A North Korean diplomat stationed in Islamabad was robbed of alcohol worth $150,000 (£114,629), including Scotch whisky, French wine and beer, raising suspicion that the consular staff or the embassy could be involved in bootlegging liquor in Pakistan to send money to the cash-strapped Kim Jong-un regime.

Three burglars broke in Hyon Ki Yong's residence in October and stole thousands of bottles of liquor from the diplomat, following which Pakistani authorities kick-started an investigation into the matter.

Although alcohol is banned for Muslims in Pakistan, foreign diplomats are allowed to carry it as their personal allowance. Suspicions have risen that North Korean diplomats are abusing their immunity status to sell their quota of alcohol in the black market as liquor is hard to come by in the Islamic nation.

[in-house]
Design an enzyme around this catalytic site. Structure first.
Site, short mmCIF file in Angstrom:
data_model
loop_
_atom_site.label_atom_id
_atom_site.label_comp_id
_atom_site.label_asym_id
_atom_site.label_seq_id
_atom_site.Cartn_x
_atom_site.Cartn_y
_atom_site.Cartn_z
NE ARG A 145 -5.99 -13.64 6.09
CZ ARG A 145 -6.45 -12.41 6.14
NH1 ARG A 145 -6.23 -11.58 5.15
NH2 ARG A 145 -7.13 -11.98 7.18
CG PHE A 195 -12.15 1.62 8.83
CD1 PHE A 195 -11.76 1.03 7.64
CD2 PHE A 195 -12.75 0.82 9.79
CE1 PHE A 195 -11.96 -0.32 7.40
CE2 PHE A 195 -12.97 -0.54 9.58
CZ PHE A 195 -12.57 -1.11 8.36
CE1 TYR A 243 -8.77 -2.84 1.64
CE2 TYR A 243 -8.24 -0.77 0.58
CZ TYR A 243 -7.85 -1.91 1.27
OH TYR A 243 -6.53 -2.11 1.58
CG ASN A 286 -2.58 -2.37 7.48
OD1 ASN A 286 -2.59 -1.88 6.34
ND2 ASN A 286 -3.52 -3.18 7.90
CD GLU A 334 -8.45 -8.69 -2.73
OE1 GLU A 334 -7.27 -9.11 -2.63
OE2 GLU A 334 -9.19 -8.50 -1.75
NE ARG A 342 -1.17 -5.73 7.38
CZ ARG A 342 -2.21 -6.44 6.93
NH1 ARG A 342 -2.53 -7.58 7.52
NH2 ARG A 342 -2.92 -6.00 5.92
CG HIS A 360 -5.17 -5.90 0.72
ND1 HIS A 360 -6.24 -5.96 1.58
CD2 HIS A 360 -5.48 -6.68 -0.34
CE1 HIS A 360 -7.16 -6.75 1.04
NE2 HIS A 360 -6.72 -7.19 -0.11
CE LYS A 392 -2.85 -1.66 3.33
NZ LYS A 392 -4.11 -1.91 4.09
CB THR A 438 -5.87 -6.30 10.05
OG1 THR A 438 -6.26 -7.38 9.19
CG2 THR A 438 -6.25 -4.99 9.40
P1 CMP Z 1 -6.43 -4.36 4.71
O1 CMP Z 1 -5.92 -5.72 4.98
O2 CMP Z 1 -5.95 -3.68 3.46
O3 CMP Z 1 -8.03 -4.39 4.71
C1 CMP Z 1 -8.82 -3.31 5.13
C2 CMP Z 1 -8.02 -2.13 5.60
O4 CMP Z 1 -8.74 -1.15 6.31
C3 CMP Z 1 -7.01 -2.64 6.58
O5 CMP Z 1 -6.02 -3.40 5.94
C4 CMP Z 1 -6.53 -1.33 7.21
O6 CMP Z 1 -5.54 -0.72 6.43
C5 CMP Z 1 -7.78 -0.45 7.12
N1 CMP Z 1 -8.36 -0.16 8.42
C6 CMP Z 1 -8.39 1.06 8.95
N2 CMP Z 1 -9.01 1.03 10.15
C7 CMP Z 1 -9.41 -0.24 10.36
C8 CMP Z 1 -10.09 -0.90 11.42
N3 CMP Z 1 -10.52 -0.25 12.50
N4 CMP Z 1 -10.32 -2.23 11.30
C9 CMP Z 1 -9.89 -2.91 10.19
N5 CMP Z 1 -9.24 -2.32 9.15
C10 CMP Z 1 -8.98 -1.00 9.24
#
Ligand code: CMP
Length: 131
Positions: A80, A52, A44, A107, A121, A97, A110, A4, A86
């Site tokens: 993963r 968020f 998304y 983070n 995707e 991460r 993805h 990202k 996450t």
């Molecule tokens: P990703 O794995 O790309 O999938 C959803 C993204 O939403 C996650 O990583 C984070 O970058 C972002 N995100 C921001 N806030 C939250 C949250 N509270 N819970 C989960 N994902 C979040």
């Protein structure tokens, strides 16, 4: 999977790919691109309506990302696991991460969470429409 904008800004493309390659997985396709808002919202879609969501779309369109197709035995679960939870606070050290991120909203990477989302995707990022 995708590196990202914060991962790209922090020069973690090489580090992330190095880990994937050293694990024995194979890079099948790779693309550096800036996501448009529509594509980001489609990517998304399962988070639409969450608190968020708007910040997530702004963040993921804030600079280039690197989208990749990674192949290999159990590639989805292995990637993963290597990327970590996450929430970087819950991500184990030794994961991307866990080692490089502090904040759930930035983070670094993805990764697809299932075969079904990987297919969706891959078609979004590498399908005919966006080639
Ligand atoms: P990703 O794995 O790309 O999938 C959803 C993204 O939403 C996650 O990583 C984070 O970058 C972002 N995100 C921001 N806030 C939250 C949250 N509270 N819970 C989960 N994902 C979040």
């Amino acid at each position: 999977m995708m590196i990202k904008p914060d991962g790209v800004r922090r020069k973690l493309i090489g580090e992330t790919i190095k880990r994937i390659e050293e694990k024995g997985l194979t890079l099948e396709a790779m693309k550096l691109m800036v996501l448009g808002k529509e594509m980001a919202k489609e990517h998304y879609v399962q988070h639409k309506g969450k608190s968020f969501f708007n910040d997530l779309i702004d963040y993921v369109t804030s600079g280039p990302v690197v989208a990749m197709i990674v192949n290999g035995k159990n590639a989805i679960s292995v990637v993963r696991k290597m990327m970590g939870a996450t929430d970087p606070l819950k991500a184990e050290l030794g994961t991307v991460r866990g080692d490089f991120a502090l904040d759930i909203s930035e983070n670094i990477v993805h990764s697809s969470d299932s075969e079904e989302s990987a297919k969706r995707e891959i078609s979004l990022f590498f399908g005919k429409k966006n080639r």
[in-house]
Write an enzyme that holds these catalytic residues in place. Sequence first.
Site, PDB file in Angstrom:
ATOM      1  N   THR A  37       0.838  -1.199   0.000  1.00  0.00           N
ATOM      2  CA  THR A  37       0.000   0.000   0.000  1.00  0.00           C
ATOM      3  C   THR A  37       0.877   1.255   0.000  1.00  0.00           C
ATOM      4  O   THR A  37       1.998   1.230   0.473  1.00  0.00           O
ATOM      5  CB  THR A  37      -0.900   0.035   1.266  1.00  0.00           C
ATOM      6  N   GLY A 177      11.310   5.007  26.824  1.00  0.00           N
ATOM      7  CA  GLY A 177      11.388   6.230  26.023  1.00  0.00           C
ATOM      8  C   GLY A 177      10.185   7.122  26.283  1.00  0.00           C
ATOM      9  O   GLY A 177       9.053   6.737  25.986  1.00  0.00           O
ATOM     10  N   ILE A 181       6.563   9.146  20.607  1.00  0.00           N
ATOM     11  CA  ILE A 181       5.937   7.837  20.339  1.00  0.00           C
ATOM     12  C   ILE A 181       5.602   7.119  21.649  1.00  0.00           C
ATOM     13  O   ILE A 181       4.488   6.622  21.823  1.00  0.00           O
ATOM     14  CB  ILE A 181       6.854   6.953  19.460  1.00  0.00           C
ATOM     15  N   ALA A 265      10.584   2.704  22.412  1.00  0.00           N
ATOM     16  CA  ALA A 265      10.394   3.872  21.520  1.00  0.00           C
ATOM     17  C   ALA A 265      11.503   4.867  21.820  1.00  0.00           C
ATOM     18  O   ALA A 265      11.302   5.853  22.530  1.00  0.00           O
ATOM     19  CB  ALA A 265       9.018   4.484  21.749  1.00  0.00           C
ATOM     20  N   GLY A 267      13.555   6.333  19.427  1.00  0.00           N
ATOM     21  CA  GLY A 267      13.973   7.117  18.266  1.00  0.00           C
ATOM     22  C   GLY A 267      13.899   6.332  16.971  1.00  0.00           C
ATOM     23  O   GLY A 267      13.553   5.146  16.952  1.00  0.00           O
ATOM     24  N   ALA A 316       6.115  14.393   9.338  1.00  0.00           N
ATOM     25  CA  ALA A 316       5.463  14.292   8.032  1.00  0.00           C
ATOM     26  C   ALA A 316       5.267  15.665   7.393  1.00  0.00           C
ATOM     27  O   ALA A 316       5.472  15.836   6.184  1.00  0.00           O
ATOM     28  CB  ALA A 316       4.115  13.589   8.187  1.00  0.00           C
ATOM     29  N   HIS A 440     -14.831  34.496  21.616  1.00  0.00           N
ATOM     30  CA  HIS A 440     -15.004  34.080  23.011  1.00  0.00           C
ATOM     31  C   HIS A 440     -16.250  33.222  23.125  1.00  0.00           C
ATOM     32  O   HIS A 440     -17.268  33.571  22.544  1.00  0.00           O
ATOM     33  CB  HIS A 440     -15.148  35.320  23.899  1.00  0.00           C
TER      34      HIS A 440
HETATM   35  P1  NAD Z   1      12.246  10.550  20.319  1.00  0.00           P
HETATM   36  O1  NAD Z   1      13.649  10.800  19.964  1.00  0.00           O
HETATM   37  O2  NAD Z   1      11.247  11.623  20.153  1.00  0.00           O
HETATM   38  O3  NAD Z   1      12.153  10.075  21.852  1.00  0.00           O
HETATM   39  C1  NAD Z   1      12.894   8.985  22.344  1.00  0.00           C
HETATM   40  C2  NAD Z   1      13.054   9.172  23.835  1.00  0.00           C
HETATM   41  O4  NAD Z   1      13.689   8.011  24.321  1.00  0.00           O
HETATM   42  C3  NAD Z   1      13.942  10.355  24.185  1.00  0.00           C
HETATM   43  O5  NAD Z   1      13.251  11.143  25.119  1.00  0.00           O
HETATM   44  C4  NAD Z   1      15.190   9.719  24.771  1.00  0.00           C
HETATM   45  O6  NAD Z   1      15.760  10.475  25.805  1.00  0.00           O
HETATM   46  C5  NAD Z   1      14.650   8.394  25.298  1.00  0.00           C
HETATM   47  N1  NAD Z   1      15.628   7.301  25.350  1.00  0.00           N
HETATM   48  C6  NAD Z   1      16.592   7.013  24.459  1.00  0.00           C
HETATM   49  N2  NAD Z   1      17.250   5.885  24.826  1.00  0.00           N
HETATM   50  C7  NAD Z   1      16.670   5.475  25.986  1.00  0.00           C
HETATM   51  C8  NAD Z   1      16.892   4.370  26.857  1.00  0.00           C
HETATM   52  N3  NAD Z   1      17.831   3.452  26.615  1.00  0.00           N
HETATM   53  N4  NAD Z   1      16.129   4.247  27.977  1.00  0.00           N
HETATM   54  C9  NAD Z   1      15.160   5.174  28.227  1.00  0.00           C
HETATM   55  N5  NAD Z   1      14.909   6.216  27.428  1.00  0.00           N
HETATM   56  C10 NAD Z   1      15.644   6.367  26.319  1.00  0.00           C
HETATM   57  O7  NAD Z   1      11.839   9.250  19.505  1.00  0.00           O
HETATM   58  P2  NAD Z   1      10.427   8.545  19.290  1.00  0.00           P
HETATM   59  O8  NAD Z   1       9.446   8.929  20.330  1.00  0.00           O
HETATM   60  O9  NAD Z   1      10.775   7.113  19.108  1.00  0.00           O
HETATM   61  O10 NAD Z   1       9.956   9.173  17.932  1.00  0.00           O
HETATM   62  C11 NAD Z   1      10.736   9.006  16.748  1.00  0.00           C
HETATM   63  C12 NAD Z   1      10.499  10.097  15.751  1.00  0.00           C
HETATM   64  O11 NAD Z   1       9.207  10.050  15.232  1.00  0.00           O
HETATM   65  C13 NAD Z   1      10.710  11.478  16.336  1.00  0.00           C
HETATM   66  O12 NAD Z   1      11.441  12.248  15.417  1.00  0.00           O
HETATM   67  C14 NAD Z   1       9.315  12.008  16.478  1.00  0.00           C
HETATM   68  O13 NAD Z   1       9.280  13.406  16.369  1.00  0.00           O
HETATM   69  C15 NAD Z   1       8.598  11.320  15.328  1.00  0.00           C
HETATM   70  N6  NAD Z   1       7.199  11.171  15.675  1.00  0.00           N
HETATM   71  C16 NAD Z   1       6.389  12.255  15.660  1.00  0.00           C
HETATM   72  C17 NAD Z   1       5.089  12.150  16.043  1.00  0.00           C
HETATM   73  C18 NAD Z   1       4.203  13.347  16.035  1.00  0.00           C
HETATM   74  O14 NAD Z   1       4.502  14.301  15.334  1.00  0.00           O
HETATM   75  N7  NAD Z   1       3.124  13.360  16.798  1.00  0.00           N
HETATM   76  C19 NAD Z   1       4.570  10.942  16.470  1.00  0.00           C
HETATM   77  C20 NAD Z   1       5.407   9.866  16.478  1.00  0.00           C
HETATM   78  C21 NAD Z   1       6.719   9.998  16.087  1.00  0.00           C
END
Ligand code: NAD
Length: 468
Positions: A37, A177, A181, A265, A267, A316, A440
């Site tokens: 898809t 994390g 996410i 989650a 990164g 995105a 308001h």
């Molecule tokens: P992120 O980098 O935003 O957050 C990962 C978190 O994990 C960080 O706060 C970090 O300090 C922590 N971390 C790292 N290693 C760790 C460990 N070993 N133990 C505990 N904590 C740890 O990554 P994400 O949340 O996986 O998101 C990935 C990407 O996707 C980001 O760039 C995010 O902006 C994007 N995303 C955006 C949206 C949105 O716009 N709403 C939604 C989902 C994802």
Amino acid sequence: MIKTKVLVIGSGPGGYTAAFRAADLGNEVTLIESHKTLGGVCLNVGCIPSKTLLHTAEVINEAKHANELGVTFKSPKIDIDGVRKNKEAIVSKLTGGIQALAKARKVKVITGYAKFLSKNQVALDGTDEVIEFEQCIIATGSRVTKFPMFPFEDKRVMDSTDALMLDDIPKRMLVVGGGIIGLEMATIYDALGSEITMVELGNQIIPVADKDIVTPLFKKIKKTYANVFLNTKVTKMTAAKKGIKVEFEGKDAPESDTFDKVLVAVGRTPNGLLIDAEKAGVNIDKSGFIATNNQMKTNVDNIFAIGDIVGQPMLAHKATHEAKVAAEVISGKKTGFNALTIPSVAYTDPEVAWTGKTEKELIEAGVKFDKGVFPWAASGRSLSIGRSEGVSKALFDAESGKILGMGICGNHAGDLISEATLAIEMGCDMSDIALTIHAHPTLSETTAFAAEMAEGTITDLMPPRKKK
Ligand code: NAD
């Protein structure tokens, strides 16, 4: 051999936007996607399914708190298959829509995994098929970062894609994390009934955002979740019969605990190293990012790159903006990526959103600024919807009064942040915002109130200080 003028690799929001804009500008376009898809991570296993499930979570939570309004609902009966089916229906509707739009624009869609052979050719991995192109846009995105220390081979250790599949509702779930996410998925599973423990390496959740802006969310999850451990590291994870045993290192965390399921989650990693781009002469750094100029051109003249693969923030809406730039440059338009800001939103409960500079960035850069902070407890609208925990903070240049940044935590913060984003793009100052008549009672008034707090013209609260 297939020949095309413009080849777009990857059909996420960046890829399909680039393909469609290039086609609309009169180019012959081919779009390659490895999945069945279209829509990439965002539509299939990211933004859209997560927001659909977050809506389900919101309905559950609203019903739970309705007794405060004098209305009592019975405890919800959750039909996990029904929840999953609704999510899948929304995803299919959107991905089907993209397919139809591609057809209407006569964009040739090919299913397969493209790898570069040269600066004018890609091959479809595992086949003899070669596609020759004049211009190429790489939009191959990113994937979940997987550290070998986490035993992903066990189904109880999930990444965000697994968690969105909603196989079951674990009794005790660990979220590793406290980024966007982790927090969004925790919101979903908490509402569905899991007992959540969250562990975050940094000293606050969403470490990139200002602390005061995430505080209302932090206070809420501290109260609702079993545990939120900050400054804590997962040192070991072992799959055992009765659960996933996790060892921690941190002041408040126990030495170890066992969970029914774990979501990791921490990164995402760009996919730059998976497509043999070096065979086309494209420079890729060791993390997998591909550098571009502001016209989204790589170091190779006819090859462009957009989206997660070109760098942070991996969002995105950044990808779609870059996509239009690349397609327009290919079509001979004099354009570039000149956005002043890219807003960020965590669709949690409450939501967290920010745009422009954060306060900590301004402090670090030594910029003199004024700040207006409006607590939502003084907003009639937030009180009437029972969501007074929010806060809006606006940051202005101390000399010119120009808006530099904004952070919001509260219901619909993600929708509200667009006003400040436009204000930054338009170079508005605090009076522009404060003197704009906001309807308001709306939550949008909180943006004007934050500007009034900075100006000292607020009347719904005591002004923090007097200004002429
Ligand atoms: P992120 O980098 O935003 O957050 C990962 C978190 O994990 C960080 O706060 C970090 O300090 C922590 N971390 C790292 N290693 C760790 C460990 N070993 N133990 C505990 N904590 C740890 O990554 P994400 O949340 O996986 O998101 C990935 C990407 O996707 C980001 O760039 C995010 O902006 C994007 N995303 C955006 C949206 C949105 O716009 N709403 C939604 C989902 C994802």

Since the incident, the three robbers, who were reported to be police officers, have been arrested by law enforcement agencies. There are also conflicting reports that suggest the entire episode was a police operation and not a burglary. Yet, the incident has raised questions about North Korean attachés reportedly involved in illegal alcohol trade.

Pakistani officials suspect the Pyongyang's embassy employees either wanted to make money for themselves or wanted to send the funds to the reclusive North Korean regime.

"This North Korean was involved in liquor selling," an official from an investigation agency told Reuters on condition of anonymity as Pakistani authorities are reluctant to speak about any development.

This is not the first time such incident has come to light as similar reports of North Korea diplomats selling illegal liquor surfaced in 2013 as well. At that time, Pakistani officials found North Korean diplomats importing expensive alcohol from outside and then selling them at exorbitant prices in Pakistan.

North Korea is currently under intensive economic sanctions because of its nuclear and missile programmes, which are in violation of UN regulations. This has forced the North Korean regime to hunt for other sources of revenue.